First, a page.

Opener Queen of the Underworld, the lead off single, is a fair benchmark to kick off proceedings, showcasing the precedent for most of the record - Malin alone with his guitar until he's suddenly joined by his band, engulfing him in the musical equivalent of a group hug. It's a trick best used on Wendy, perhaps the most immediate pop song on the record and surely a future single. 'Wendy left me all alone/no postcard or telephone,' Malin sings with gutsy bravado; rarely has being dumped led to such a hedonistic racket - just ask Ryan Adams. Saying that, it's one of only two songs that really put their foot to the floor here, with Almost Grown also providing a jaunty stomp through a parental break-up.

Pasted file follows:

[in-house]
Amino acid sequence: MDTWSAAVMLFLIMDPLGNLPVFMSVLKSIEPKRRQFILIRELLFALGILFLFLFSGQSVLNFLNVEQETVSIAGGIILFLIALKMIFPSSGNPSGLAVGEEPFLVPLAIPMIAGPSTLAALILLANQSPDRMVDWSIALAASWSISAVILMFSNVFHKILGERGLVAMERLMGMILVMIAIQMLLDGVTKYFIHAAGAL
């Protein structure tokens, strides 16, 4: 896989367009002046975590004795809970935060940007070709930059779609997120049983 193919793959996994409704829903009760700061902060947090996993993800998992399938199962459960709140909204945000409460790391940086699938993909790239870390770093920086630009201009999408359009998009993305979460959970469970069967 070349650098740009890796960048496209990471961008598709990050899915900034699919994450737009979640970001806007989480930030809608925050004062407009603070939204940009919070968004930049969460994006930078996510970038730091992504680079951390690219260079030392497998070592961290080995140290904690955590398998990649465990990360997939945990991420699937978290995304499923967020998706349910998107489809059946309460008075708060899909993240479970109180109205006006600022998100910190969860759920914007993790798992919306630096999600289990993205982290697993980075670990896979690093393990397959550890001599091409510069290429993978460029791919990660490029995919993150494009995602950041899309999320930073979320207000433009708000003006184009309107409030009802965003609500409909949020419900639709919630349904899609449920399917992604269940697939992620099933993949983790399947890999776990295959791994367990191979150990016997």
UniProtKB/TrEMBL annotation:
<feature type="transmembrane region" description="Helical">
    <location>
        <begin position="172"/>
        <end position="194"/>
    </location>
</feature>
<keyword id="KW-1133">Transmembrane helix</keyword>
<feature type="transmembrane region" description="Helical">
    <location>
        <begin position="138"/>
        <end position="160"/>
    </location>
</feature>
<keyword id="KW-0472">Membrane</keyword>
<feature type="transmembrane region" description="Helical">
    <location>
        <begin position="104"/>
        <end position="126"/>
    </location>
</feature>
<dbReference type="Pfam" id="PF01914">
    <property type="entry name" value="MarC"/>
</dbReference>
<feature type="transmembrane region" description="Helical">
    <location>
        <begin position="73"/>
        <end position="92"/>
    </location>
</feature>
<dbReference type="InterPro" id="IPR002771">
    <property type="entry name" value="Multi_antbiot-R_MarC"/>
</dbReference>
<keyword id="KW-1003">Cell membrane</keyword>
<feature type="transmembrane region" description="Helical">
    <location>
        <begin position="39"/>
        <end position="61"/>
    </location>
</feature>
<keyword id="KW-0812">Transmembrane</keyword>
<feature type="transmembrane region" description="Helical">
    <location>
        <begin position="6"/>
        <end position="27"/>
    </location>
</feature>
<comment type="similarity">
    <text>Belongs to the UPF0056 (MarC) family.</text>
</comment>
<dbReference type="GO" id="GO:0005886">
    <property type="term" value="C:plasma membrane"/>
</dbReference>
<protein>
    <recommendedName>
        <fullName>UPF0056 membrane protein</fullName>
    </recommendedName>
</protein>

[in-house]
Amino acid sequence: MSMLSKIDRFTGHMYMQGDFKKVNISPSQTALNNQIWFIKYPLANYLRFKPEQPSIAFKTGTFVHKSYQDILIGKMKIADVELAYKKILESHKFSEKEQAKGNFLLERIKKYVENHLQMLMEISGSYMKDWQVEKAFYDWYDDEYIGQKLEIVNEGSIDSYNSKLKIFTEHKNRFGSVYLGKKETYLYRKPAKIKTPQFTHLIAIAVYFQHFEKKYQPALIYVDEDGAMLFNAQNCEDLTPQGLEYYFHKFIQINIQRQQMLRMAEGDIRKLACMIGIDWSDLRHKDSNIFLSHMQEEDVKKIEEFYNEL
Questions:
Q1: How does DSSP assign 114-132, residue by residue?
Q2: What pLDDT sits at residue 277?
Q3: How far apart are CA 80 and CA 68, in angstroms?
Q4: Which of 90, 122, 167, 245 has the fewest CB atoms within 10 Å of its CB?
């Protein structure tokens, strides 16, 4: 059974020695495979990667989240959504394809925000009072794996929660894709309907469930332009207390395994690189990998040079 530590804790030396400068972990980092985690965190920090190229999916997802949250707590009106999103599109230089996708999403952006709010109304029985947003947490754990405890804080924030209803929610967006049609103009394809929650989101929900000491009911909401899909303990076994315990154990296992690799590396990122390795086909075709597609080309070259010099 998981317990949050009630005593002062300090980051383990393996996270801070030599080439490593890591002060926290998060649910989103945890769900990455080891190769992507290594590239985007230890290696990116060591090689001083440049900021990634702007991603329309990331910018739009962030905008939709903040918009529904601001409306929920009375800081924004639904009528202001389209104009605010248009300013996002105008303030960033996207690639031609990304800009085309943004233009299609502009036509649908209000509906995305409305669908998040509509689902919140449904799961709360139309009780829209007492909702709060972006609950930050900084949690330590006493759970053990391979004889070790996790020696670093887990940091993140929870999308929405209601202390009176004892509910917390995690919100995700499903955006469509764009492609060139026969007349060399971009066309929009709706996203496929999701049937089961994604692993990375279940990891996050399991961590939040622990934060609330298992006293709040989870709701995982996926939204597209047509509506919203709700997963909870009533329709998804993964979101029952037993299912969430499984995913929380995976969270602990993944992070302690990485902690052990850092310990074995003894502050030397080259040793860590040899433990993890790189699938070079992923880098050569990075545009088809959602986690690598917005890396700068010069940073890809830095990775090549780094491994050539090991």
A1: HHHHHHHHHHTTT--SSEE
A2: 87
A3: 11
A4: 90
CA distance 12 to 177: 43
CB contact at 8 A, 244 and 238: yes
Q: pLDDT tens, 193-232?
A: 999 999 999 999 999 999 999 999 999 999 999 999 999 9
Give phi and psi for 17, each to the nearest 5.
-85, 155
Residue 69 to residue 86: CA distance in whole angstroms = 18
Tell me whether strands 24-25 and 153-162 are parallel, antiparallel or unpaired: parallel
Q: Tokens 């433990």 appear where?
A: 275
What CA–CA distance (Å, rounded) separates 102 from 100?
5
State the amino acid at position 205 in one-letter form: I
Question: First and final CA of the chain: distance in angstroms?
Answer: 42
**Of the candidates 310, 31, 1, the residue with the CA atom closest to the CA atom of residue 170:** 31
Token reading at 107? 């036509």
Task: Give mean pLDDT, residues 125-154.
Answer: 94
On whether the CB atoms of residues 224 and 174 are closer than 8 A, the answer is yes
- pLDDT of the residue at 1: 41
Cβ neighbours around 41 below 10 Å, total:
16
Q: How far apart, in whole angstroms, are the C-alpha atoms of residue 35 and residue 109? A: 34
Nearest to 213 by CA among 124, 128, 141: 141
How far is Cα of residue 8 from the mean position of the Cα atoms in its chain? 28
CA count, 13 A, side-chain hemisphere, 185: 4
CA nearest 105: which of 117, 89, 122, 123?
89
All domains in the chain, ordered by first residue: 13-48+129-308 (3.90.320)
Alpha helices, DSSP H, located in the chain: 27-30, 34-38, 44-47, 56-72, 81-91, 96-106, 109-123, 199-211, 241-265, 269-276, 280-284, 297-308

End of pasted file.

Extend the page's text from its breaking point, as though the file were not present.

It's on the rest of the album that you really feel the presence of Ryan Adams' production. Whether it's the spiky guitar of Downliner, or the piano which lurks at the back of the room on Solitaire or Brooklyn. In fact, on this UK version of the LP we get the gluttonous luxury of two versions of the latter song - one album version, the other with the full band.